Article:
VALLETTA, Malta — As the electoral campaign for the European Parliament elections in May picks up momentum, the Malta Broadcasting Authority is, for the first time, letting candidates advertise with paid spots on radio stations.
In a directive sent to all local radio broadcasters, the authority indicated that the adverts could only provide information on meetings the candidates were organizing, and must be funded by the contender and not their party.
Furthermore, each advert cannot be longer than 30 seconds and, somewhat strangely, must air between 9 and 10 a.m. and between 6 and 7 p.m. In addition, each candidate is only allowed one advert per hour during these allocated times.
According to the directive, the mantle is on the stations to establish a “just and transparent procedure” for the order in which the adverts are broadcast, while excluding any advert requires a reasonable justification.
The scheme, which is running this month, could be extended after an evaluation by the Authority, based on reports the stations submit.
As is always the case with Maltese politics, the new decree has not been received with general acclaim. In a statement, the Democratic Party, Partit Demokratiku (PD), quickly announced it was concerned by the possibility provided to European Parliament candidates to buy promotional time.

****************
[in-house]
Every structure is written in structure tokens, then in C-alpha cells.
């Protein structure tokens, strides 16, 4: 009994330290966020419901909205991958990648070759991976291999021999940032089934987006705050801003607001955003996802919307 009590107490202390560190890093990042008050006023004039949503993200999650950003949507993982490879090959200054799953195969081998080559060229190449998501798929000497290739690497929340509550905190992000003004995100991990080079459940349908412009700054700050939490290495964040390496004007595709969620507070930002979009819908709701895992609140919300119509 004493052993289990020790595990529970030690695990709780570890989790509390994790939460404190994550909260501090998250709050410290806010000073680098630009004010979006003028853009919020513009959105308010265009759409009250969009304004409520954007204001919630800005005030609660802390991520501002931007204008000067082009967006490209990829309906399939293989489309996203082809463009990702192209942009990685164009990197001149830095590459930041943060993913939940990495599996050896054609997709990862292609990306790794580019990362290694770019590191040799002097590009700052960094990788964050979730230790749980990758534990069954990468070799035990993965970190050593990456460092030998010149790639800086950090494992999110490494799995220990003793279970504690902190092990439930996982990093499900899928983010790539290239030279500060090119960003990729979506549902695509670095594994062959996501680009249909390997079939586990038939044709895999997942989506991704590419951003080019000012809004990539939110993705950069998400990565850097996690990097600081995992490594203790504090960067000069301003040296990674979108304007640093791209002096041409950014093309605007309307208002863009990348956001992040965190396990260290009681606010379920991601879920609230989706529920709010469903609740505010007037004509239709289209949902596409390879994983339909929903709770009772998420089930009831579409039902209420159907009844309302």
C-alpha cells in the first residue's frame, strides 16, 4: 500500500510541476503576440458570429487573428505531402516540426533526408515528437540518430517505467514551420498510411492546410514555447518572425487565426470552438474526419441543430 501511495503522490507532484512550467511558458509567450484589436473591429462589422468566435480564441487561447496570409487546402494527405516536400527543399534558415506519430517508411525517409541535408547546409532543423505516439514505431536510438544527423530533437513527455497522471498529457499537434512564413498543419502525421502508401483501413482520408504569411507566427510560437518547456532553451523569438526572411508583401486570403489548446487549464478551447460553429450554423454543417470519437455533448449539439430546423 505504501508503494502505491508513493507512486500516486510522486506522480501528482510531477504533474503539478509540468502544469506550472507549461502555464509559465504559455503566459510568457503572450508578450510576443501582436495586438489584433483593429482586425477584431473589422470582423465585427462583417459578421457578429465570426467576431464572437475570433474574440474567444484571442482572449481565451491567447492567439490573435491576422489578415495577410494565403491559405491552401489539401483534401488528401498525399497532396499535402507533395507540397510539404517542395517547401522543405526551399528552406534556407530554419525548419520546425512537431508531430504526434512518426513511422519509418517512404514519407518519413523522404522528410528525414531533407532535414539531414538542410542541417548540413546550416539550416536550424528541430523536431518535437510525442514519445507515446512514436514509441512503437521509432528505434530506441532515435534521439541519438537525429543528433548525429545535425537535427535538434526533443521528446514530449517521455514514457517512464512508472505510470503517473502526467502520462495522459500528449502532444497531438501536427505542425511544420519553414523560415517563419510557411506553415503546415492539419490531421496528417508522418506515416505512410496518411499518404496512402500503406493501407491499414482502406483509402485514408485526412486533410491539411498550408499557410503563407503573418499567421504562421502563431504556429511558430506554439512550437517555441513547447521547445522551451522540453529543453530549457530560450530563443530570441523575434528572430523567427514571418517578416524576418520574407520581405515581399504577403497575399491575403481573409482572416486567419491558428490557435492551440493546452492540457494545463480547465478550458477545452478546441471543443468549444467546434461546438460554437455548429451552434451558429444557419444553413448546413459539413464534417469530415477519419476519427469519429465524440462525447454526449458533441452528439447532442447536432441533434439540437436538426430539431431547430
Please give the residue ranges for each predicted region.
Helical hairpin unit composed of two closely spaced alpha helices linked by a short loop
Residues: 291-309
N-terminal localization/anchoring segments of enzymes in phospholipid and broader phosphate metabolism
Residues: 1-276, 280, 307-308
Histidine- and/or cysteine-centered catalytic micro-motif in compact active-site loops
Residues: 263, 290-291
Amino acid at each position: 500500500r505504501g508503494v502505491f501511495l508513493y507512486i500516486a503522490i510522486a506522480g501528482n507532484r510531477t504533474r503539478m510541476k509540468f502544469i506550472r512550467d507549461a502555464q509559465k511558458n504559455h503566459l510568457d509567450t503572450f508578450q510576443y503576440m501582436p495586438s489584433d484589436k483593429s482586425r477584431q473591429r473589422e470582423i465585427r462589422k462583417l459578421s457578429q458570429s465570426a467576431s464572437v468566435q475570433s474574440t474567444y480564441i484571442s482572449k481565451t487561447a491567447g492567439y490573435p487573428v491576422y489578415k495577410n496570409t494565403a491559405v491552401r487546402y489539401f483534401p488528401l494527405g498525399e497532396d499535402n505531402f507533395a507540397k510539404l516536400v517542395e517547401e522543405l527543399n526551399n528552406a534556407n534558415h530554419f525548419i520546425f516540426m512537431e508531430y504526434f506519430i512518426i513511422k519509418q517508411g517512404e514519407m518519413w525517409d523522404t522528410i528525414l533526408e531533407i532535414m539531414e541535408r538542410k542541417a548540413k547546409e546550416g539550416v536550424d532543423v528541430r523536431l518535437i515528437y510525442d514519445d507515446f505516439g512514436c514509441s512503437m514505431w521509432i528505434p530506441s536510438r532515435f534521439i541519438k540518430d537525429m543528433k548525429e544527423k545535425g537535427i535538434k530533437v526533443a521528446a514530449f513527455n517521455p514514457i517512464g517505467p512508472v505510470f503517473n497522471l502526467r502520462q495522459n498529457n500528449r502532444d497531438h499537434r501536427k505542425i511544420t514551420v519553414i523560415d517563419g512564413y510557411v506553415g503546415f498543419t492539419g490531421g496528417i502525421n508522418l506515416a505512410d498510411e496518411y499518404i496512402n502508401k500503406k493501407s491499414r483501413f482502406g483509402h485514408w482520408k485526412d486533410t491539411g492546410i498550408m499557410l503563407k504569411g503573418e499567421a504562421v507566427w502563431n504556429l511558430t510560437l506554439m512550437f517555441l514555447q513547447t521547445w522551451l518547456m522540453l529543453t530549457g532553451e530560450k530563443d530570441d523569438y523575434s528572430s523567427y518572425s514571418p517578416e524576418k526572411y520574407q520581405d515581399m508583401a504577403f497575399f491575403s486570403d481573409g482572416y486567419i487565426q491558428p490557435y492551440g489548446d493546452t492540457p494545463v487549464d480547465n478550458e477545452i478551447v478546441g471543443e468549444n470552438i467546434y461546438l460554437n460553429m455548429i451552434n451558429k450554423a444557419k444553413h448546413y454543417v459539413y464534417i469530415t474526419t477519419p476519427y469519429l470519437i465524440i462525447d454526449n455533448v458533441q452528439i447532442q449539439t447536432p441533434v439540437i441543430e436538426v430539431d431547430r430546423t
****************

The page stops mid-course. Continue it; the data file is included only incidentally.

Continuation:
The PD believes the system goes against the constitution because the two large parties are given precedence in the elections and that they already dominate the media infrastructure. “The big parties are in a position to dominate radio stations with their money, in breach of Article 119 of the Constitution,” said PD leader Dr. Godfrey Farrugia.
The PD also claims the country’s broadcasting watchdog doesn’t have an “independent function that an impartial institution should have.” Farrugia added that the “appointment of the current members of the organization was not done in the public interest but in the interest of the island’s two big parties.” The Broadcasting Authority has not publicly reacted to the PD’s comments.
Even though the new directive opens some space for candidates to promote their initiatives via the airwaves, it does ban the parties themselves from advertising. And, while the decree has been subject to controversy, most media observers here feel the authority’s decision could offer a timely financial injection to several of Malta’s ailing radio stations.